JaguarDrive Control is a feature that lets the driver tailor various functions to taste with a single adjustment. This system, which comes standard, incorporates most electronic control programs, including: How early or late the transmission shifts; the throttle map, or how much the engine accelerates for a given dip of the gas pedal; and the Dynamic Stability Control, or skid-management electronics.

The driver can switch through three options. Winter is the most conservative: the transmission shifts up at low engine speeds, the throttle works lightly and the DSC intervenes quickly, all useful in slippery conditions. Dynamic is the most aggressive setting, best for driving hard in dry conditions. There is also a set-and-forget Automatic mode.

Still, the slickest electronic systems aren't worth much if the underlying mechanical components aren't up to snuff. The XF's are first-rate. It starts with a tight, flex-free unitized chassis and body, which lays the foundation for all of a car's dynamic behavior. The suspension uses a sophisticated multi-link arrangement in back and aluminum components to reduce weight and improve response time. The Supercharged and XFR models also have Adaptive Dynamics, a damping system which automatically adjusts shock absorber settings to suit both road conditions and the way the vehicle is being driven.

A drive in the rain shows a couple of important things: First, that the XF is inherently balanced, meaning it's no more prone to slide on its front tires than it is to spin out in back; and second, that the Dynamic Stability Control does a great job. In the Automatic mode, where most drivers will keep it, the DSC works early, throttling the engine back or tapping the brakes before the driver anticipates that one end of the car or the other might be sliding. Yet those who want to see a little more of what the XF can do can choose the Dynamic mode. This allows the XF to move a bit more laterally, and it allows the driver to slide the car a little, as enthusiast drivers are want to do, before the DSC clamps down.

In a sense, the XF delivers the best of all worlds: A comfortable ride, responsive, consistent handling, stress-free, secure skid-management in the rain or a bit of latitude that allows capable drivers to express themselves.

The brakes are outstanding. All models have large rotors and calipers, and the brake pedal has a nice solid feel. It's progressive in application, meaning that a little bit of pedal delivers a little bit of deceleration, while a lot of pedal stops the XF right now.

Dynamically, we like most everything about the XF, but performance is only one requisite in this class. Luxury buyers expect extra smooth, quiet operation for the money and the XF holds up its end.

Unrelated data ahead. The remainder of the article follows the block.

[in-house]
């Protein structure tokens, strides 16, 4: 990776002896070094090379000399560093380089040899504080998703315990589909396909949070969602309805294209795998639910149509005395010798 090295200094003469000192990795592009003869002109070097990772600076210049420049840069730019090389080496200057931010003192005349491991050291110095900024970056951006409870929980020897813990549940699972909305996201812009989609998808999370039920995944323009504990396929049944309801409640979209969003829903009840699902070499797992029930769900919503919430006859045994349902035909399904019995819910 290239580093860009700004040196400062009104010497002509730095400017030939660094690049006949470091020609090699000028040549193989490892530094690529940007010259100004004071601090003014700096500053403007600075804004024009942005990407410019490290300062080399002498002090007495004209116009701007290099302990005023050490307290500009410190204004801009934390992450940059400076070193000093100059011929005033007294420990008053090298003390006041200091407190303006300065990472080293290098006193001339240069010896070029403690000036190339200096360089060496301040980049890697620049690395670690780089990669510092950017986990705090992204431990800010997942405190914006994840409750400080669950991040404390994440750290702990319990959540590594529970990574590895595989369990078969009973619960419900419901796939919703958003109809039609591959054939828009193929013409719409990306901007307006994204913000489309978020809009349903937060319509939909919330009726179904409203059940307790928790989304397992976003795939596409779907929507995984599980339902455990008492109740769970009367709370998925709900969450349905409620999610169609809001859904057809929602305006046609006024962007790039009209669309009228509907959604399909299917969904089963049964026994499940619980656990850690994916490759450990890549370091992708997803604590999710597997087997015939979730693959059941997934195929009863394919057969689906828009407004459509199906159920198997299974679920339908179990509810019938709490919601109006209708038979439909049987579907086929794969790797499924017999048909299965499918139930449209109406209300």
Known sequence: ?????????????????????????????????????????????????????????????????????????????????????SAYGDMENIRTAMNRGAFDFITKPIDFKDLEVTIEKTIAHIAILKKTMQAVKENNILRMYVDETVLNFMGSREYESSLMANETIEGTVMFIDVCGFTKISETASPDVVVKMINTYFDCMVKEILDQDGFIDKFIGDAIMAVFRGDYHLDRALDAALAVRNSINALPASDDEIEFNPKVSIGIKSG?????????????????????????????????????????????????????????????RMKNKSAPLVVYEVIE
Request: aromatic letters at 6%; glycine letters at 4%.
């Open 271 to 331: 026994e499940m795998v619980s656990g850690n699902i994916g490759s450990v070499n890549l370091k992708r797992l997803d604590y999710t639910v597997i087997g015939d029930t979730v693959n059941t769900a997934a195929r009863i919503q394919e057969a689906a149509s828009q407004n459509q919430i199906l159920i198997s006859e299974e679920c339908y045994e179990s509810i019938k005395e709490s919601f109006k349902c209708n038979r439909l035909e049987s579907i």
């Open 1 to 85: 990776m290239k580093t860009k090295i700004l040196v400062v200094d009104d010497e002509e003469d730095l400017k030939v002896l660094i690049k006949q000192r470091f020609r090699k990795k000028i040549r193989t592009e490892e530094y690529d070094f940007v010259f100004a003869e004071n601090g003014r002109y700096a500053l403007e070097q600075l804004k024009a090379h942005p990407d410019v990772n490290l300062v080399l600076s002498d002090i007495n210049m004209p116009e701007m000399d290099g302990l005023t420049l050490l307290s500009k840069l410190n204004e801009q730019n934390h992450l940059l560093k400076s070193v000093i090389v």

Cruising at 70 mph is generally a serene experience, with minimal wind noise to interrupt the solitude. The biggest noise-maker might be the low-profile sport tires available on the Supercharged and XFR, because they can crack soundly over pavement seems. Or maybe the assertive growl of the V8 if the driver decides to slam that gas pedal. The XF is thoroughly wonderful ride, with fewer of the cookie-cutter qualities that increasingly pervade this class of all-things-to-everyone luxury cars.

Our biggest gripe? Probably outward visibility, and that's largely a function of the sexy exterior design. We wouldn't call it bad, but in any direction other than forward, the view out of the XF is more restricted than we'd expect in the typical sedan. The side mirrors aren't small, and with the steeply raked windshield pillars, the form a triangle of mass that blocks chunks of vision when the driver glances slightly left or right, as when pulling from a parking lot onto a busy street. The rear glass is expansive, but it's raked at a long, flat, coupe-like angle, so the view through the rearview mirror is short.

Bottom line: It takes a while to get comfortable with the XF's mirrors, and to set them in a fashion that minimizes over-the-shoulder glances in traffic. The optional blind spot-warning is useful, and easy to learn. Backing up, the standard rear park assist helps, with audible beeps and a graphic display on the touch screen. A reverse-view camera is optional, and we strongly recommend it in this car, given the relatively high rear deck and the narrow view through the rear window.

Request More Info